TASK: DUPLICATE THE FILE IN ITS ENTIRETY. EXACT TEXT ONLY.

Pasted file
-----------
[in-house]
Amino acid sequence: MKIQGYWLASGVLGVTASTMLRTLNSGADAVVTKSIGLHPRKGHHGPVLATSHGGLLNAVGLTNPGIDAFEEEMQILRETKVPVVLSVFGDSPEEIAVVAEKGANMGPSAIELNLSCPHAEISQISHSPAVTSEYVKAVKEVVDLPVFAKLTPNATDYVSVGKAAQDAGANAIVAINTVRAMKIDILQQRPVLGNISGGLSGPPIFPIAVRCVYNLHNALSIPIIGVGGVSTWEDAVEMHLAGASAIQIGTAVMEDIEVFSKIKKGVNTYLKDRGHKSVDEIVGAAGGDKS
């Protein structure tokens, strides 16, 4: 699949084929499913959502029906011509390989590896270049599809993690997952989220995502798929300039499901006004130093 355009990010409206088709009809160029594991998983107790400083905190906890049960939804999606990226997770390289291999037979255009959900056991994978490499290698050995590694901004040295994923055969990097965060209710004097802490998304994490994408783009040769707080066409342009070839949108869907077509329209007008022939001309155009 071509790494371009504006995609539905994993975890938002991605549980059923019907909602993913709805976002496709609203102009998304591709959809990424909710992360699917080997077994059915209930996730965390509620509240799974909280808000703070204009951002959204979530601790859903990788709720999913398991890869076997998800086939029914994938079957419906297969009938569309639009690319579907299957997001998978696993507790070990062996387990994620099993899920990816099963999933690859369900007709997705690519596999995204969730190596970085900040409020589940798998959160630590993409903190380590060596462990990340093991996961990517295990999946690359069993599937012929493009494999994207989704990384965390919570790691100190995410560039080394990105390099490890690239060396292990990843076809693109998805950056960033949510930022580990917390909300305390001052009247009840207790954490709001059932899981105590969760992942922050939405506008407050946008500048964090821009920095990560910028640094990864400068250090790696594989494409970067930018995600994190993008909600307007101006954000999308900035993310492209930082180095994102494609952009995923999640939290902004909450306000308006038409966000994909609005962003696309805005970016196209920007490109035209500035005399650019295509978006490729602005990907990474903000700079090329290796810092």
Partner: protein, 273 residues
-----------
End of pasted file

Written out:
[in-house]
Amino acid sequence: MKIQGYWLASGVLGVTASTMLRTLNSGADAVVTKSIGLHPRKGHHGPVLATSHGGLLNAVGLTNPGIDAFEEEMQILRETKVPVVLSVFGDSPEEIAVVAEKGANMGPSAIELNLSCPHAEISQISHSPAVTSEYVKAVKEVVDLPVFAKLTPNATDYVSVGKAAQDAGANAIVAINTVRAMKIDILQQRPVLGNISGGLSGPPIFPIAVRCVYNLHNALSIPIIGVGGVSTWEDAVEMHLAGASAIQIGTAVMEDIEVFSKIKKGVNTYLKDRGHKSVDEIVGAAGGDKS
């Protein structure tokens, strides 16, 4: 699949084929499913959502029906011509390989590896270049599809993690997952989220995502798929300039499901006004130093 355009990010409206088709009809160029594991998983107790400083905190906890049960939804999606990226997770390289291999037979255009959900056991994978490499290698050995590694901004040295994923055969990097965060209710004097802490998304994490994408783009040769707080066409342009070839949108869907077509329209007008022939001309155009 071509790494371009504006995609539905994993975890938002991605549980059923019907909602993913709805976002496709609203102009998304591709959809990424909710992360699917080997077994059915209930996730965390509620509240799974909280808000703070204009951002959204979530601790859903990788709720999913398991890869076997998800086939029914994938079957419906297969009938569309639009690319579907299957997001998978696993507790070990062996387990994620099993899920990816099963999933690859369900007709997705690519596999995204969730190596970085900040409020589940798998959160630590993409903190380590060596462990990340093991996961990517295990999946690359069993599937012929493009494999994207989704990384965390919570790691100190995410560039080394990105390099490890690239060396292990990843076809693109998805950056960033949510930022580990917390909300305390001052009247009840207790954490709001059932899981105590969760992942922050939405506008407050946008500048964090821009920095990560910028640094990864400068250090790696594989494409970067930018995600994190993008909600307007101006954000999308900035993310492209930082180095994102494609952009995923999640939290902004909450306000308006038409966000994909609005962003696309805005970016196209920007490109035209500035005399650019295509978006490729602005990907990474903000700079090329290796810092």
Partner: protein, 273 residues